John Gosden has revealed Frankie Dettori will be aboard both Inspiral and Emily Upjohn in their next outings, with the post-Royal Ascot "sabbatical" between the trainer and jockey appearing to be over.
There had been plenty of speculation over who would take the ride on the two Clarehaven fillies, with the long-time partnership between the duo seemingly strained following several high-profile defeats this season.
One of those came on Emily Upjohn in the Oaks when she lost by the barest of margins having stumbled coming out of the stalls. But Gosden, who trains in partnership with his son Thady, has made a quick U-turn and the 51-year-old Dettori's name will appear against Inspiral’s when the Coronation Stakes winner lines up in the Tattersalls Falmouth Stakes at Newmarket on Friday.
Dettori has partnered the unbeaten daughter of Frankel in four of her five starts and Chris Richardson, managing director of Cheveley Park Stud, was pleased to hear the decorated rider will again be in the saddle.
He said: "Frankie has ridden her four times and knows her better than anybody and we’re obviously pleased that John Gosden has decided to put Frankie on board.
"It was very much an issue between John Gosden and Franke Dettori and we have just been waiting to hear what the decision was. We are pleased that the internal issues at Clarehaven have resolved themselves.
"She gave us a great thrill (at Ascot) and Mrs Thompson has said it was one of the greatest days of her racing life. We are all looking forward to seeing her run at Newmarket."
Dettori partnered Emily Upjohn in a gallop at Newmarket on Tuesday morning when Gosden confirmed the Italian would retain the ride on the filly in the Juddmonte Irish Oaks on Saturday week.
Gosden had said at Sandown on Saturday that he had been impressed by Dettori's attitude since the break and that "he and I will be back together quite sensibly when we've passed through this".
Emily Upjohn had been second-favourite for the King George VI And Queen Elizabeth Stakes at Ascot but the decision has been taken to keep her against her own sex for the time being.
She worked with an older stablemate, pulling nicely clear.
"It was lovely ground and it is in perfect condition for the July meeting. I was very happy with her work and she is pointing towards the Irish Oaks," said John Gosden.
"It is nice to get her on to the grass and have a feel of the track.
"We’ve decided to stay with the three-year-old fillies for the moment. I’ve got a lot of respect for the two Derby winners (Desert Crown and Westover) and the Arc winner (Torquator Tasso) who are all pointing towards Ascot so why not stay with the three-year-old fillies at this stage."
Looking back at her luckless run in the Oaks Gosden said: "The less we say about Epsom the better. The track was no problem at Epsom, she didn’t mind the track at all. You just can’t get left and sweep around the whole field. I don’t want to talk about that any more as it is over and gone.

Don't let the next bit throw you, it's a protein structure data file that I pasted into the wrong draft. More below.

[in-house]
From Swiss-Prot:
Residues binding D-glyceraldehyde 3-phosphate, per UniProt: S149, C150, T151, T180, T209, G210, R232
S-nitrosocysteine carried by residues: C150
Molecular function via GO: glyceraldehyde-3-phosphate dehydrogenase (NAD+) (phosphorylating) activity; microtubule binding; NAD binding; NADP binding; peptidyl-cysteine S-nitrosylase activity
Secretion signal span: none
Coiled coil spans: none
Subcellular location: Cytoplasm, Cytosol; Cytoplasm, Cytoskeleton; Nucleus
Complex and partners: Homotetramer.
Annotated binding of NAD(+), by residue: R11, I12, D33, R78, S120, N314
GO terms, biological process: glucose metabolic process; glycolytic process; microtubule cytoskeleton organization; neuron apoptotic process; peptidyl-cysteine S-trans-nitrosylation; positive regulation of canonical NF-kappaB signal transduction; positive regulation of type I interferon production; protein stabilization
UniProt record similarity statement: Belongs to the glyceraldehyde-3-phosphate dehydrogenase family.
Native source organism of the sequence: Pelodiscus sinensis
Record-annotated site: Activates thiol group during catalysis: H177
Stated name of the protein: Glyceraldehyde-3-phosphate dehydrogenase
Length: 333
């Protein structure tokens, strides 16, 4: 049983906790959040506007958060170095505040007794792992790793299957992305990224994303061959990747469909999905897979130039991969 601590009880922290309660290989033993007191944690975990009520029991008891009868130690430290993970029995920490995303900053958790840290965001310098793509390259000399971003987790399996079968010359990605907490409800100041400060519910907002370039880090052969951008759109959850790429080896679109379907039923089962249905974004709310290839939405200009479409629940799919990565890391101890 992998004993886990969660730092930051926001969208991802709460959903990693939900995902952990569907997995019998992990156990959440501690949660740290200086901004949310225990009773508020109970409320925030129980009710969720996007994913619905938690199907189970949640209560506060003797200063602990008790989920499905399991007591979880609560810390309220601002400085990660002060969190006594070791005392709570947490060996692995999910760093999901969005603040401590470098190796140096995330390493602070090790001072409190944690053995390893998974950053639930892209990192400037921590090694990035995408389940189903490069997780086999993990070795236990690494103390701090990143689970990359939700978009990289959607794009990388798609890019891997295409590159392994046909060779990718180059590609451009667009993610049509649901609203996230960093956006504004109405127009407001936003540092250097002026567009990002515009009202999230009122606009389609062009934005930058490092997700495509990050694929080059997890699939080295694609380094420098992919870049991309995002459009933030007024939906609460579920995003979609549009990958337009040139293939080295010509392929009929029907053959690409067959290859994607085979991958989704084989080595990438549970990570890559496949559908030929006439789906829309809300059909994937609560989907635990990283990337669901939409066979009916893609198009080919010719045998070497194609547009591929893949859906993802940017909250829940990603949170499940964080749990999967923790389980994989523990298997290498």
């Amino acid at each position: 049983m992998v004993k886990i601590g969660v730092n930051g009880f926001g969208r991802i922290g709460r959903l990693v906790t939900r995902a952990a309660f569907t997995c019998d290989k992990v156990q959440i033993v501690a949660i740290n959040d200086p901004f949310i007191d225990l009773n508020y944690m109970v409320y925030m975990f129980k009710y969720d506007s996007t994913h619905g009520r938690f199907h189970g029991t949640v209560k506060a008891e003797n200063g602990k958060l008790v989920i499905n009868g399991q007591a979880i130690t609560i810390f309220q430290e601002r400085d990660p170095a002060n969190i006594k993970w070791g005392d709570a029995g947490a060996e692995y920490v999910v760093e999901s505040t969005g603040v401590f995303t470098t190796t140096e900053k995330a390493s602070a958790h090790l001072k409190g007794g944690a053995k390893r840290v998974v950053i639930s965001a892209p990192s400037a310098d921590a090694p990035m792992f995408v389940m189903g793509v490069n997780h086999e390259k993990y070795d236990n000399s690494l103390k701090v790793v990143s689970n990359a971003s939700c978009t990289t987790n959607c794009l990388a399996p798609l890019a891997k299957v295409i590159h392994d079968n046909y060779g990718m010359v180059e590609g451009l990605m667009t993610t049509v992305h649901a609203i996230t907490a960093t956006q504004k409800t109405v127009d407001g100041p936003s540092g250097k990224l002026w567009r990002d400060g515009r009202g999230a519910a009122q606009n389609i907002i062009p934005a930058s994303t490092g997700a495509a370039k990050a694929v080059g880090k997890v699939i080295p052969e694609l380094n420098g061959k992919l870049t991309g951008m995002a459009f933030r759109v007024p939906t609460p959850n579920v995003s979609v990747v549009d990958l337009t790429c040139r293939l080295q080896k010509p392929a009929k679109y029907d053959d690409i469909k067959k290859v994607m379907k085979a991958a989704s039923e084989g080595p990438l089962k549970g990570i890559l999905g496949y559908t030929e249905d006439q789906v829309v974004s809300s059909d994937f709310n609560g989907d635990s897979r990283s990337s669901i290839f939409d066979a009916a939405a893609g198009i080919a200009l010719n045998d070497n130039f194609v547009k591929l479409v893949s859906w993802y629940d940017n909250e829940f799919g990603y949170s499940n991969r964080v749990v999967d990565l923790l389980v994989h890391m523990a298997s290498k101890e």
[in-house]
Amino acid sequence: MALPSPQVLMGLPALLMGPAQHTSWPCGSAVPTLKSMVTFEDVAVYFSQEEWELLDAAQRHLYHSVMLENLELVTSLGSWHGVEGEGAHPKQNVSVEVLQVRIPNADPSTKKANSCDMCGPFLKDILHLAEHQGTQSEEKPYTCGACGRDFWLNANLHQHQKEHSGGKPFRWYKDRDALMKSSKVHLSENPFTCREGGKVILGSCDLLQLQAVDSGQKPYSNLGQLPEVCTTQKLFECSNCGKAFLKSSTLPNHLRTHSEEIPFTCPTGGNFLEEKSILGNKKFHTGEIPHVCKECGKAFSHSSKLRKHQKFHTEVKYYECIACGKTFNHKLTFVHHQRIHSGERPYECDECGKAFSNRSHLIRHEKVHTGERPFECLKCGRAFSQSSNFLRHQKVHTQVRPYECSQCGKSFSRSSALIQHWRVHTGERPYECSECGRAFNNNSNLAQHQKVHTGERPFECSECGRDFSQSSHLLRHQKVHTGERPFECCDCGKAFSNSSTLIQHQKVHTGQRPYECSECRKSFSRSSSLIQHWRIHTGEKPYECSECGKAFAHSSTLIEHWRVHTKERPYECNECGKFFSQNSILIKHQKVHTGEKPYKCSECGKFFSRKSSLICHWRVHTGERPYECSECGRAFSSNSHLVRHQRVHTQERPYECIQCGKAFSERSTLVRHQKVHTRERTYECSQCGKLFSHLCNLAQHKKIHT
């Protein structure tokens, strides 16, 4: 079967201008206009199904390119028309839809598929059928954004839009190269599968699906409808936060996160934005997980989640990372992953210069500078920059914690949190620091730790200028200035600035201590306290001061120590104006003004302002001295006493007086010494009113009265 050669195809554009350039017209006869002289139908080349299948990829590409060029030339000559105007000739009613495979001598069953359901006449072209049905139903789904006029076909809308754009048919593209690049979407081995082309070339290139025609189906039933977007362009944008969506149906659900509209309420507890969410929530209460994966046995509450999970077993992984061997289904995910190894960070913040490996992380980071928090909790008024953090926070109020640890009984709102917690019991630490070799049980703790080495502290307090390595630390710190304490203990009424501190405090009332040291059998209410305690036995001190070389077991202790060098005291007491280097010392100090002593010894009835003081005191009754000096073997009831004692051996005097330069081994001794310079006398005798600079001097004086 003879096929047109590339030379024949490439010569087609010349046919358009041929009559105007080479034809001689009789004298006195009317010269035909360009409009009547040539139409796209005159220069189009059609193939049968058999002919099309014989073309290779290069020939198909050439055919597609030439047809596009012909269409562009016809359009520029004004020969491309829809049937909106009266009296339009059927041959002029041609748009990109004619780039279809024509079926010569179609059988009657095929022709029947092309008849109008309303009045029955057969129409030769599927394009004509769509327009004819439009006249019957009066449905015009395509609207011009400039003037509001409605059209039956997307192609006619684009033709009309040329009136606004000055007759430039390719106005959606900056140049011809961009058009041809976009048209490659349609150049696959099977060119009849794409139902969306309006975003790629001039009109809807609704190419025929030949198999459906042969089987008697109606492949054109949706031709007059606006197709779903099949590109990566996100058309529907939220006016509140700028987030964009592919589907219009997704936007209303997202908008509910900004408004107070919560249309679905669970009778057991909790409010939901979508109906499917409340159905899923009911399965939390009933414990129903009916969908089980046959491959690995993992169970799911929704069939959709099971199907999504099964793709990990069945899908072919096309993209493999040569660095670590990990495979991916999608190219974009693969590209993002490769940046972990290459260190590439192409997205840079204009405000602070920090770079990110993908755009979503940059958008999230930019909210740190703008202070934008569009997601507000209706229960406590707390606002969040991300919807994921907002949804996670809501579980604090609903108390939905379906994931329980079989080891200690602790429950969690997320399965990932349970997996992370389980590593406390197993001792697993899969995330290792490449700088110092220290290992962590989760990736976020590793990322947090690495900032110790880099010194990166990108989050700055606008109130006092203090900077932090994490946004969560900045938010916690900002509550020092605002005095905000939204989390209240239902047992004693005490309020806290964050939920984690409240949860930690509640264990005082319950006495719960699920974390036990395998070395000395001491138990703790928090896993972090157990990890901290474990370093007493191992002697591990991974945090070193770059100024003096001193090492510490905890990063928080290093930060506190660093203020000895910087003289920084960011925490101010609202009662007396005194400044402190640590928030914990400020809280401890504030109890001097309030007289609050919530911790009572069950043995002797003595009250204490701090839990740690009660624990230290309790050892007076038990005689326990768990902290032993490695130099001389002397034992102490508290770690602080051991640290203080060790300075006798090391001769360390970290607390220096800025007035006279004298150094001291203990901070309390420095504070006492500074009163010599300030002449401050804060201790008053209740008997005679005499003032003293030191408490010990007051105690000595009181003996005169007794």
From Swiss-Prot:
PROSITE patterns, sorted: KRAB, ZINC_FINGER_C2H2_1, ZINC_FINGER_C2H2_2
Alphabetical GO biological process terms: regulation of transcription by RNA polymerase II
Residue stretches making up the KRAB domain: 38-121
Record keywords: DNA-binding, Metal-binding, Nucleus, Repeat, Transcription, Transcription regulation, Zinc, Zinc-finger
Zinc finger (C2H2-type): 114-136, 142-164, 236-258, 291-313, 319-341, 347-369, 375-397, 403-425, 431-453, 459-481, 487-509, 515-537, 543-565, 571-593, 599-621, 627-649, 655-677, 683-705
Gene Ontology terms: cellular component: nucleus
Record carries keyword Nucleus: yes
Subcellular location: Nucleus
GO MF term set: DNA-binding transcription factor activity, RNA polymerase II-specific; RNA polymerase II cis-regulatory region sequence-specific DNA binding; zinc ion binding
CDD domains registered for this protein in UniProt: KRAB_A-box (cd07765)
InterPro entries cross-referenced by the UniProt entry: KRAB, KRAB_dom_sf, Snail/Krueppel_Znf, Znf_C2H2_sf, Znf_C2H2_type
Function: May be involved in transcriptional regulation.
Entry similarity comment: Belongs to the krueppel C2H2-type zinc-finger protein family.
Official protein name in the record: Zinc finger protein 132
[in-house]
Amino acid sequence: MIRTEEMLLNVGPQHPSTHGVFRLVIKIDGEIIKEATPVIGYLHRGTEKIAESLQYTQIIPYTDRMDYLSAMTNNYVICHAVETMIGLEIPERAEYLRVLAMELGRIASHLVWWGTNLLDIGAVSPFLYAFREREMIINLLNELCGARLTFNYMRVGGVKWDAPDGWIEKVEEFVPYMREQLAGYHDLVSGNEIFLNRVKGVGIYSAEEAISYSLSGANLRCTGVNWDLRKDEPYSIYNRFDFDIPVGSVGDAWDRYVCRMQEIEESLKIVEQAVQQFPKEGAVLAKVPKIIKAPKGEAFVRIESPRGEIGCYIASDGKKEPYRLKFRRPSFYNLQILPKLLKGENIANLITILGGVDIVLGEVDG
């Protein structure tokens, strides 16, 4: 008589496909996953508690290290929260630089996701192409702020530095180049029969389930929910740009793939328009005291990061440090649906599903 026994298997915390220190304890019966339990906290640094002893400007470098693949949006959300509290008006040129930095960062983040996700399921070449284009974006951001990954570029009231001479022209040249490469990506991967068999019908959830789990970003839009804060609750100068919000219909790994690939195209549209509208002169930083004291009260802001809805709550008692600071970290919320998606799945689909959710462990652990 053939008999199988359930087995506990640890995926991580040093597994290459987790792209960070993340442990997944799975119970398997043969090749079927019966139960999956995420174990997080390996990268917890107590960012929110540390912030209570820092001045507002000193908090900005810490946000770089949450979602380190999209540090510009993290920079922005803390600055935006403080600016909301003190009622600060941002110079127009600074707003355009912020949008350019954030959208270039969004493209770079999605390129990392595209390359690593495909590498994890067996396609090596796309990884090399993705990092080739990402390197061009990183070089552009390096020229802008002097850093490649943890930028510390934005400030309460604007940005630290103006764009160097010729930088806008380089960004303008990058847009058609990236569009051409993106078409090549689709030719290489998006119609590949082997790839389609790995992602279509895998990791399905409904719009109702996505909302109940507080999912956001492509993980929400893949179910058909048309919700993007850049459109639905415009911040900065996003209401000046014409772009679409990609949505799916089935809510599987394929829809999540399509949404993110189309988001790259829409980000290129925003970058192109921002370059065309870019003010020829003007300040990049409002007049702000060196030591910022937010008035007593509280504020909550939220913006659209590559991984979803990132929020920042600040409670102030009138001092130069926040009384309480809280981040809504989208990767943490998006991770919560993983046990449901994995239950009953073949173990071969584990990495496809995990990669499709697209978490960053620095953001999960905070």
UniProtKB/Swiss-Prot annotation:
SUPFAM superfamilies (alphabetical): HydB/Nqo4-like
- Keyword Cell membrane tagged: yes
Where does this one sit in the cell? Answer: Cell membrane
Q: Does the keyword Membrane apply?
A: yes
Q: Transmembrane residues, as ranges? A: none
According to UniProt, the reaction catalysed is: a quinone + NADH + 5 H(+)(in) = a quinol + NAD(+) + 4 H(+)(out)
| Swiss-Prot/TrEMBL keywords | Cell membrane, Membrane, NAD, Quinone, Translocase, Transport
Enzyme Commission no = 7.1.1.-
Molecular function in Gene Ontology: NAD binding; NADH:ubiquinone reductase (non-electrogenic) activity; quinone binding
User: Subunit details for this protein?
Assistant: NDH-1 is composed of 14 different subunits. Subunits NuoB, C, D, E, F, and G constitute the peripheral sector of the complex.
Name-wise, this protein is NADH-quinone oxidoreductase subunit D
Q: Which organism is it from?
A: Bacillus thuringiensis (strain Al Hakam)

"Frankie has been up here riding work and he will be hopefully riding her. The plan is for him to ride her in the Irish Oaks that’s why he was up here this morning.
"You know what it is all about. I need a jockey that focuses. It can’t be a part-time job. As it was pointed out at Wimbledon, Rafa Nadal practises the most and the hardest in the mornings. That is what it is all about and that is very clear.
"I said I’m pleased the way Frankie has got on with it and getting rides everywhere else. It is exactly what I wanted to see. He has rather taken a lot of pride in how few mounts he has in a season.
"I’m very clear that working with him in the last seven years we have been very careful how we’ve managed it and the rides. He doesn’t need to be charging off to the small tracks. Those days are over. We did that in the 1990s together but I’m very clear we need to be more focused and a little less part-time, that is all. That is what it is about and nothing else. That is all I’m going to say."
Speaking later on Nick Luck's Daily Podcast, Gosden added: "I don’t want to see him chasing up and down the country, not in the slightest, I just wanted to see more focus because the requirements of race-riding are not something that you can just do half-hearted.
"Being a jockey is demanding, it needs sharpness and focus. He’s never been an easy person to manage – as others have discovered – but we have a good relationship and hopefully we can get right back on track together now.
"I don’t think running around the boxes in top hat and tails before racing at Ascot and trying to tip people through the card for a few pounds on the side, I don’t think that’s a professional approach. Do that when you’re retired, not when you’re race-riding. That kind of thing doesn’t amuse me – we’re meant to be focusing on the horses and on the races.
"Look, he is a great jockey but he can be easily distracted – and that’s what was beginning to frustrate me. I think at a certain stage of your career, you’ve got to be careful – you’ve got to stay on top of the game because there are a lot of young ones out there trying to take your position."